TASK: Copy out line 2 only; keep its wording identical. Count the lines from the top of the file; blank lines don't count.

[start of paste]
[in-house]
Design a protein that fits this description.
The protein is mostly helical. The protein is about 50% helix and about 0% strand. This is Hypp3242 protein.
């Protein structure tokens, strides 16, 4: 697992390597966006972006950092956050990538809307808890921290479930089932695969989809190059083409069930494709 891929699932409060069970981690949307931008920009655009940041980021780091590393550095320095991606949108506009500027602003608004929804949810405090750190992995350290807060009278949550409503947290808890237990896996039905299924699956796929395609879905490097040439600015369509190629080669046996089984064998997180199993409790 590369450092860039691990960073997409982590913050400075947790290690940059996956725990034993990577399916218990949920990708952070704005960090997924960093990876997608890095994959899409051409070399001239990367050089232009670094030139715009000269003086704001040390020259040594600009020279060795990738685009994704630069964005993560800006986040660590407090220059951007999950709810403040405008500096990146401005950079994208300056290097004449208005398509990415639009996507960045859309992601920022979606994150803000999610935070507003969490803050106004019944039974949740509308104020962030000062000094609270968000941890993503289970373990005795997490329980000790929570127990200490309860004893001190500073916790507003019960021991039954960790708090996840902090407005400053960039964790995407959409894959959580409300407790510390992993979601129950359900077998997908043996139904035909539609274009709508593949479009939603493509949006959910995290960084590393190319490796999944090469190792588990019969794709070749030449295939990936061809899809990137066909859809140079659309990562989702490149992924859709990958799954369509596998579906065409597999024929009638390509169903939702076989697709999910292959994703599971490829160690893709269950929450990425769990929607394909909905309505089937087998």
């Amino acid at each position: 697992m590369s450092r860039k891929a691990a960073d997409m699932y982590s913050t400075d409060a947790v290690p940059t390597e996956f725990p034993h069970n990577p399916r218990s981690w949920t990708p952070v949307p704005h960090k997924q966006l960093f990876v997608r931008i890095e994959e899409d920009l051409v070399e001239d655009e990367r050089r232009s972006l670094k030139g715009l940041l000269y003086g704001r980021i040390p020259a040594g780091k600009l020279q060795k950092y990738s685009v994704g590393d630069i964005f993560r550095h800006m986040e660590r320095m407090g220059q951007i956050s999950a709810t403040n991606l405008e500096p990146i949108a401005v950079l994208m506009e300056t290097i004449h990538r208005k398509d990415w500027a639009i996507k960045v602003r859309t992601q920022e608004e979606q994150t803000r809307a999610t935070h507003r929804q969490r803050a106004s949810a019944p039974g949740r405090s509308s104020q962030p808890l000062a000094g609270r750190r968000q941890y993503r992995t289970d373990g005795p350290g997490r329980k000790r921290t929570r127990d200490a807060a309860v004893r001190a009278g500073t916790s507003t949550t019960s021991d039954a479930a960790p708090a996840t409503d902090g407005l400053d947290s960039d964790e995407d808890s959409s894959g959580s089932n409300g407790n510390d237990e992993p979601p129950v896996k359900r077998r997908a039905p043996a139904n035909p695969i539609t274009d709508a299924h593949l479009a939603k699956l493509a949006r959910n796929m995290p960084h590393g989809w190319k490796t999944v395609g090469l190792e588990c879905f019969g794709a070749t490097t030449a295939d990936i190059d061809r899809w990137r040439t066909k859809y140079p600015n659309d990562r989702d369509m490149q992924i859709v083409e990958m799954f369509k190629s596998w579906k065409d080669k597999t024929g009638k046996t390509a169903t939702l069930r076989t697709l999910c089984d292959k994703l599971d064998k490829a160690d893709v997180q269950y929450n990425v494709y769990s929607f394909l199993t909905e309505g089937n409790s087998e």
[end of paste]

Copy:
Design a protein that fits this description.